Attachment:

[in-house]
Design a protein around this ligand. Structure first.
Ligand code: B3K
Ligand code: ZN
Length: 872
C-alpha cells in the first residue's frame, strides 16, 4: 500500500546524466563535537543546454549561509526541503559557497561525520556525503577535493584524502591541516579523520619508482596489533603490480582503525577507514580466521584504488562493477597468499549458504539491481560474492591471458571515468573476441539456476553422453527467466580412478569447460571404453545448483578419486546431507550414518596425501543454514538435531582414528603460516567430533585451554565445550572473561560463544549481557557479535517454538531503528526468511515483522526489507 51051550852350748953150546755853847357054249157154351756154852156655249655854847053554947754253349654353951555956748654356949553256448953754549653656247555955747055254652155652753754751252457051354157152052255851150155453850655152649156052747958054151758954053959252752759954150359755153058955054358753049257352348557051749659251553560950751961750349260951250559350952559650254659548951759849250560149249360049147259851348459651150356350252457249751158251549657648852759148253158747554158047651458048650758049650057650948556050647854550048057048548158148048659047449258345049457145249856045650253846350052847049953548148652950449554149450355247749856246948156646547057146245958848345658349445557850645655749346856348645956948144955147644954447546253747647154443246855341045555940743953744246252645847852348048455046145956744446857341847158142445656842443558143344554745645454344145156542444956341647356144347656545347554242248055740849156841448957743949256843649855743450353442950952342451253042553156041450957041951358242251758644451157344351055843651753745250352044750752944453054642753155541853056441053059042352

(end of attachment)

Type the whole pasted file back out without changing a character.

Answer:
[in-house]
Design a protein around this ligand. Structure first.
Ligand code: B3K
Ligand code: ZN
Length: 872
C-alpha cells in the first residue's frame, strides 16, 4: 500500500546524466563535537543546454549561509526541503559557497561525520556525503577535493584524502591541516579523520619508482596489533603490480582503525577507514580466521584504488562493477597468499549458504539491481560474492591471458571515468573476441539456476553422453527467466580412478569447460571404453545448483578419486546431507550414518596425501543454514538435531582414528603460516567430533585451554565445550572473561560463544549481557557479535517454538531503528526468511515483522526489507 51051550852350748953150546755853847357054249157154351756154852156655249655854847053554947754253349654353951555956748654356949553256448953754549653656247555955747055254652155652753754751252457051354157152052255851150155453850655152649156052747958054151758954053959252752759954150359755153058955054358753049257352348557051749659251553560950751961750349260951250559350952559650254659548951759849250560149249360049147259851348459651150356350252457249751158251549657648852759148253158747554158047651458048650758049650057650948556050647854550048057048548158148048659047449258345049457145249856045650253846350052847049953548148652950449554149450355247749856246948156646547057146245958848345658349445557850645655749346856348645956948144955147644954447546253747647154443246855341045555940743953744246252645847852348048455046145956744446857341847158142445656842443558143344554745645454344145156542444956341647356144347656545347554242248055740849156841448957743949256843649855743450353442950952342451253042553156041450957041951358242251758644451157344351055843651753745250352044750752944453054642753155541853056441053059042352